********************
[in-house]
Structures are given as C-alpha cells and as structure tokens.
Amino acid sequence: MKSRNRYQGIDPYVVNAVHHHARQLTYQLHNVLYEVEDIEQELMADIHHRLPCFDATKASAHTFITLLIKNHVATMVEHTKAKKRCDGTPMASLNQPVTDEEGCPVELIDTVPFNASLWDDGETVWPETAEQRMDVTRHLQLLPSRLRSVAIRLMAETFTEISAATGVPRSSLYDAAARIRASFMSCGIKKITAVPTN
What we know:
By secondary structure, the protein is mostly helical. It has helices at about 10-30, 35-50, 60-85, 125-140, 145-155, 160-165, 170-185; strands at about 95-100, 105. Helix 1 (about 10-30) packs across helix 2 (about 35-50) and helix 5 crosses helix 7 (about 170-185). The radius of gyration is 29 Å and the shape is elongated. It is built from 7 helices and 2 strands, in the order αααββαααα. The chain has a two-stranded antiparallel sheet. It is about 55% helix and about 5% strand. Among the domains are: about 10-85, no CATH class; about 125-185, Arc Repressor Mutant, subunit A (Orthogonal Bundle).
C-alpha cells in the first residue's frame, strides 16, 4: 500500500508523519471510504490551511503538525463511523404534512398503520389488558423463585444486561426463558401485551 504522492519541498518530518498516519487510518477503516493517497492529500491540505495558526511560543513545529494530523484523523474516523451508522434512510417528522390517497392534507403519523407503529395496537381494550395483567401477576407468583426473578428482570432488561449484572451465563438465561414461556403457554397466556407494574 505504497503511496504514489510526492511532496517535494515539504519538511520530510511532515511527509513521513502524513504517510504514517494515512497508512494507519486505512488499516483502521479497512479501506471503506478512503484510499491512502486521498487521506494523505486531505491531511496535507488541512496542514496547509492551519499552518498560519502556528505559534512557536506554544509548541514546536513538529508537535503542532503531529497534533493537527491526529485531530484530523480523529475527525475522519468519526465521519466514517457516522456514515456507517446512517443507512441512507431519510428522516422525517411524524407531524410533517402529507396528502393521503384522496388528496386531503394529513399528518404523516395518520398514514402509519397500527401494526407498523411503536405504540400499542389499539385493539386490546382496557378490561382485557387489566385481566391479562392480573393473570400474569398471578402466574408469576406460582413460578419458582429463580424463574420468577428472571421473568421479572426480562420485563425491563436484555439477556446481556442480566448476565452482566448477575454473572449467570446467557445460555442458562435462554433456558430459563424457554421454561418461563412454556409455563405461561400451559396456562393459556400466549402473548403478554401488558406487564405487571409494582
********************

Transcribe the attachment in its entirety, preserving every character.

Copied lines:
[in-house]
Structures are given as C-alpha cells and as structure tokens.
Amino acid sequence: MKSRNRYQGIDPYVVNAVHHHARQLTYQLHNVLYEVEDIEQELMADIHHRLPCFDATKASAHTFITLLIKNHVATMVEHTKAKKRCDGTPMASLNQPVTDEEGCPVELIDTVPFNASLWDDGETVWPETAEQRMDVTRHLQLLPSRLRSVAIRLMAETFTEISAATGVPRSSLYDAAARIRASFMSCGIKKITAVPTN
What we know:
By secondary structure, the protein is mostly helical. It has helices at about 10-30, 35-50, 60-85, 125-140, 145-155, 160-165, 170-185; strands at about 95-100, 105. Helix 1 (about 10-30) packs across helix 2 (about 35-50) and helix 5 crosses helix 7 (about 170-185). The radius of gyration is 29 Å and the shape is elongated. It is built from 7 helices and 2 strands, in the order αααββαααα. The chain has a two-stranded antiparallel sheet. It is about 55% helix and about 5% strand. Among the domains are: about 10-85, no CATH class; about 125-185, Arc Repressor Mutant, subunit A (Orthogonal Bundle).
C-alpha cells in the first residue's frame, strides 16, 4: 500500500508523519471510504490551511503538525463511523404534512398503520389488558423463585444486561426463558401485551 504522492519541498518530518498516519487510518477503516493517497492529500491540505495558526511560543513545529494530523484523523474516523451508522434512510417528522390517497392534507403519523407503529395496537381494550395483567401477576407468583426473578428482570432488561449484572451465563438465561414461556403457554397466556407494574 505504497503511496504514489510526492511532496517535494515539504519538511520530510511532515511527509513521513502524513504517510504514517494515512497508512494507519486505512488499516483502521479497512479501506471503506478512503484510499491512502486521498487521506494523505486531505491531511496535507488541512496542514496547509492551519499552518498560519502556528505559534512557536506554544509548541514546536513538529508537535503542532503531529497534533493537527491526529485531530484530523480523529475527525475522519468519526465521519466514517457516522456514515456507517446512517443507512441512507431519510428522516422525517411524524407531524410533517402529507396528502393521503384522496388528496386531503394529513399528518404523516395518520398514514402509519397500527401494526407498523411503536405504540400499542389499539385493539386490546382496557378490561382485557387489566385481566391479562392480573393473570400474569398471578402466574408469576406460582413460578419458582429463580424463574420468577428472571421473568421479572426480562420485563425491563436484555439477556446481556442480566448476565452482566448477575454473572449467570446467557445460555442458562435462554433456558430459563424457554421454561418461563412454556409455563405461561400451559396456562393459556400466549402473548403478554401488558406487564405487571409494582